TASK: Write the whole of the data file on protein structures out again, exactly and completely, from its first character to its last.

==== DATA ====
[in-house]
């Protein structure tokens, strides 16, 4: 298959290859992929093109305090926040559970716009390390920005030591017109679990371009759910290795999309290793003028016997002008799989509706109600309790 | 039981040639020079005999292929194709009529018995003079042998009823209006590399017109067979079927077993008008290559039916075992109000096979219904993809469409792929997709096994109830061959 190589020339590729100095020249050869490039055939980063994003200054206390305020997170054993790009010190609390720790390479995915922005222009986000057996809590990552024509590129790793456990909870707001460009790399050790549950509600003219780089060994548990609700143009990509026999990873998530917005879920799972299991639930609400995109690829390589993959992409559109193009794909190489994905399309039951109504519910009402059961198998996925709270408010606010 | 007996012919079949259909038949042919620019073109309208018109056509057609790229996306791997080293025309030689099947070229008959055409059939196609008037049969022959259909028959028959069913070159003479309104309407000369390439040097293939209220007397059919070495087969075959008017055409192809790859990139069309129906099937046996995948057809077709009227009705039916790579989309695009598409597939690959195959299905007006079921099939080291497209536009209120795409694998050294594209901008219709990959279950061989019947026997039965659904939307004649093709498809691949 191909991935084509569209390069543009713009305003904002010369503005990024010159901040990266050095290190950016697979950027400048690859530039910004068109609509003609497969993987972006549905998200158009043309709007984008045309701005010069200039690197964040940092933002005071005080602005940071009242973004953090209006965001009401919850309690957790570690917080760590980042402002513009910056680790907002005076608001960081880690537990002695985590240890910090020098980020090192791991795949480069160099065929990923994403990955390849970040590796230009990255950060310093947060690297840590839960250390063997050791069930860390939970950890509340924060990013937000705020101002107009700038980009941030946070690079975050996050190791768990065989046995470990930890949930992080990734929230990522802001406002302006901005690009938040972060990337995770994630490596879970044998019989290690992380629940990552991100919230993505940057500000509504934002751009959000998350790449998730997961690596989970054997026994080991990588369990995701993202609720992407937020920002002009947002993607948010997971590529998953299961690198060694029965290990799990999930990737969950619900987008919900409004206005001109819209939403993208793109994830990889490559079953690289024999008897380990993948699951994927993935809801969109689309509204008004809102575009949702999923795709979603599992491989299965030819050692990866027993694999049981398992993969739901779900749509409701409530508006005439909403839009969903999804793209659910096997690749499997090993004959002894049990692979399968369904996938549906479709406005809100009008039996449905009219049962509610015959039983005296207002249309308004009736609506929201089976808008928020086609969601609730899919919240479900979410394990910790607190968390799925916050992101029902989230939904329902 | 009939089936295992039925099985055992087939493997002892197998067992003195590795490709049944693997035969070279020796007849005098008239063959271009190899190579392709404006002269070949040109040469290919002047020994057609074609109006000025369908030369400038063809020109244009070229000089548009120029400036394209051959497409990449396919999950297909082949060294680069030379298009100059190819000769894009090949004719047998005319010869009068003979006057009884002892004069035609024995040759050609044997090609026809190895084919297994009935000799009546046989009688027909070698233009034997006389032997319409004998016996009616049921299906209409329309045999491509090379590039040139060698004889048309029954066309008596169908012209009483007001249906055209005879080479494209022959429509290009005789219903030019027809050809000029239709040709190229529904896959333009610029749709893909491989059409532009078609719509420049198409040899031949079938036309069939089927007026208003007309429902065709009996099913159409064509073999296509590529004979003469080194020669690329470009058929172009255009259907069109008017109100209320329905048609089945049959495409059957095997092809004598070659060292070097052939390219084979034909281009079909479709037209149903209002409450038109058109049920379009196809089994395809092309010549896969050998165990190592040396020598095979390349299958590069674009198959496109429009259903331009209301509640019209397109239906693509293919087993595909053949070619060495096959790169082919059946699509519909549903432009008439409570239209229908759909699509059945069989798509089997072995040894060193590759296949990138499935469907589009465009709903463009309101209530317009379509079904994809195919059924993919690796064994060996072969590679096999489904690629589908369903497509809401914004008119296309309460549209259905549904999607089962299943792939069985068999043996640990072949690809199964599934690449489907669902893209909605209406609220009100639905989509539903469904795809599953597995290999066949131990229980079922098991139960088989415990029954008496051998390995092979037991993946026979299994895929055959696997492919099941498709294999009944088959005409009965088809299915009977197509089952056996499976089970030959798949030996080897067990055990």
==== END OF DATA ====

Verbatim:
[in-house]
């Protein structure tokens, strides 16, 4: 298959290859992929093109305090926040559970716009390390920005030591017109679990371009759910290795999309290793003028016997002008799989509706109600309790 | 039981040639020079005999292929194709009529018995003079042998009823209006590399017109067979079927077993008008290559039916075992109000096979219904993809469409792929997709096994109830061959 190589020339590729100095020249050869490039055939980063994003200054206390305020997170054993790009010190609390720790390479995915922005222009986000057996809590990552024509590129790793456990909870707001460009790399050790549950509600003219780089060994548990609700143009990509026999990873998530917005879920799972299991639930609400995109690829390589993959992409559109193009794909190489994905399309039951109504519910009402059961198998996925709270408010606010 | 007996012919079949259909038949042919620019073109309208018109056509057609790229996306791997080293025309030689099947070229008959055409059939196609008037049969022959259909028959028959069913070159003479309104309407000369390439040097293939209220007397059919070495087969075959008017055409192809790859990139069309129906099937046996995948057809077709009227009705039916790579989309695009598409597939690959195959299905007006079921099939080291497209536009209120795409694998050294594209901008219709990959279950061989019947026997039965659904939307004649093709498809691949 191909991935084509569209390069543009713009305003904002010369503005990024010159901040990266050095290190950016697979950027400048690859530039910004068109609509003609497969993987972006549905998200158009043309709007984008045309701005010069200039690197964040940092933002005071005080602005940071009242973004953090209006965001009401919850309690957790570690917080760590980042402002513009910056680790907002005076608001960081880690537990002695985590240890910090020098980020090192791991795949480069160099065929990923994403990955390849970040590796230009990255950060310093947060690297840590839960250390063997050791069930860390939970950890509340924060990013937000705020101002107009700038980009941030946070690079975050996050190791768990065989046995470990930890949930992080990734929230990522802001406002302006901005690009938040972060990337995770994630490596879970044998019989290690992380629940990552991100919230993505940057500000509504934002751009959000998350790449998730997961690596989970054997026994080991990588369990995701993202609720992407937020920002002009947002993607948010997971590529998953299961690198060694029965290990799990999930990737969950619900987008919900409004206005001109819209939403993208793109994830990889490559079953690289024999008897380990993948699951994927993935809801969109689309509204008004809102575009949702999923795709979603599992491989299965030819050692990866027993694999049981398992993969739901779900749509409701409530508006005439909403839009969903999804793209659910096997690749499997090993004959002894049990692979399968369904996938549906479709406005809100009008039996449905009219049962509610015959039983005296207002249309308004009736609506929201089976808008928020086609969601609730899919919240479900979410394990910790607190968390799925916050992101029902989230939904329902 | 009939089936295992039925099985055992087939493997002892197998067992003195590795490709049944693997035969070279020796007849005098008239063959271009190899190579392709404006002269070949040109040469290919002047020994057609074609109006000025369908030369400038063809020109244009070229000089548009120029400036394209051959497409990449396919999950297909082949060294680069030379298009100059190819000769894009090949004719047998005319010869009068003979006057009884002892004069035609024995040759050609044997090609026809190895084919297994009935000799009546046989009688027909070698233009034997006389032997319409004998016996009616049921299906209409329309045999491509090379590039040139060698004889048309029954066309008596169908012209009483007001249906055209005879080479494209022959429509290009005789219903030019027809050809000029239709040709190229529904896959333009610029749709893909491989059409532009078609719509420049198409040899031949079938036309069939089927007026208003007309429902065709009996099913159409064509073999296509590529004979003469080194020669690329470009058929172009255009259907069109008017109100209320329905048609089945049959495409059957095997092809004598070659060292070097052939390219084979034909281009079909479709037209149903209002409450038109058109049920379009196809089994395809092309010549896969050998165990190592040396020598095979390349299958590069674009198959496109429009259903331009209301509640019209397109239906693509293919087993595909053949070619060495096959790169082919059946699509519909549903432009008439409570239209229908759909699509059945069989798509089997072995040894060193590759296949990138499935469907589009465009709903463009309101209530317009379509079904994809195919059924993919690796064994060996072969590679096999489904690629589908369903497509809401914004008119296309309460549209259905549904999607089962299943792939069985068999043996640990072949690809199964599934690449489907669902893209909605209406609220009100639905989509539903469904795809599953597995290999066949131990229980079922098991139960088989415990029954008496051998390995092979037991993946026979299994895929055959696997492919099941498709294999009944088959005409009965088809299915009977197509089952056996499976089970030959798949030996080897067990055990």